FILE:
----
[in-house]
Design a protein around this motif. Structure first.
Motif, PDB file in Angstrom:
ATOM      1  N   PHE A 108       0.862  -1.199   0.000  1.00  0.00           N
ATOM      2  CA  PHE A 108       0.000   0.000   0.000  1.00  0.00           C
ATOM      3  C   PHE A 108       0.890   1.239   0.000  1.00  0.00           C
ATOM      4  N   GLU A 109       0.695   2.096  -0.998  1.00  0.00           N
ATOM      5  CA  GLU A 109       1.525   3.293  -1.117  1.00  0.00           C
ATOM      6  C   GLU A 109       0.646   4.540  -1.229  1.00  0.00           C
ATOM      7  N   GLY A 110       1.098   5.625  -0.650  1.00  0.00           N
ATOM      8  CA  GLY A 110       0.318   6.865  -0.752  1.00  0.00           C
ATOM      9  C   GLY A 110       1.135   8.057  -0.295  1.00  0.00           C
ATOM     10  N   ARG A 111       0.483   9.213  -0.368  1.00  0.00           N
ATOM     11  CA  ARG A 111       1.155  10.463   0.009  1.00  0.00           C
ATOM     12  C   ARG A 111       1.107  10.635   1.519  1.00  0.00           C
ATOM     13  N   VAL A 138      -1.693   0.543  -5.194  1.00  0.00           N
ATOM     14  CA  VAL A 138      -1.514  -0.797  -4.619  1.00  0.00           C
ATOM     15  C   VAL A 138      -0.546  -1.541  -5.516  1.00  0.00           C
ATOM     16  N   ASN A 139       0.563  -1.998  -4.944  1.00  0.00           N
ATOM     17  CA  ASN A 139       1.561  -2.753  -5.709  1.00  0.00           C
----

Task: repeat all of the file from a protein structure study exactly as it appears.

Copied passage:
[in-house]
Design a protein around this motif. Structure first.
Motif, PDB file in Angstrom:
ATOM      1  N   PHE A 108       0.862  -1.199   0.000  1.00  0.00           N
ATOM      2  CA  PHE A 108       0.000   0.000   0.000  1.00  0.00           C
ATOM      3  C   PHE A 108       0.890   1.239   0.000  1.00  0.00           C
ATOM      4  N   GLU A 109       0.695   2.096  -0.998  1.00  0.00           N
ATOM      5  CA  GLU A 109       1.525   3.293  -1.117  1.00  0.00           C
ATOM      6  C   GLU A 109       0.646   4.540  -1.229  1.00  0.00           C
ATOM      7  N   GLY A 110       1.098   5.625  -0.650  1.00  0.00           N
ATOM      8  CA  GLY A 110       0.318   6.865  -0.752  1.00  0.00           C
ATOM      9  C   GLY A 110       1.135   8.057  -0.295  1.00  0.00           C
ATOM     10  N   ARG A 111       0.483   9.213  -0.368  1.00  0.00           N
ATOM     11  CA  ARG A 111       1.155  10.463   0.009  1.00  0.00           C
ATOM     12  C   ARG A 111       1.107  10.635   1.519  1.00  0.00           C
ATOM     13  N   VAL A 138      -1.693   0.543  -5.194  1.00  0.00           N
ATOM     14  CA  VAL A 138      -1.514  -0.797  -4.619  1.00  0.00           C
ATOM     15  C   VAL A 138      -0.546  -1.541  -5.516  1.00  0.00           C
ATOM     16  N   ASN A 139       0.563  -1.998  -4.944  1.00  0.00           N
ATOM     17  CA  ASN A 139       1.561  -2.753  -5.709  1.00  0.00           C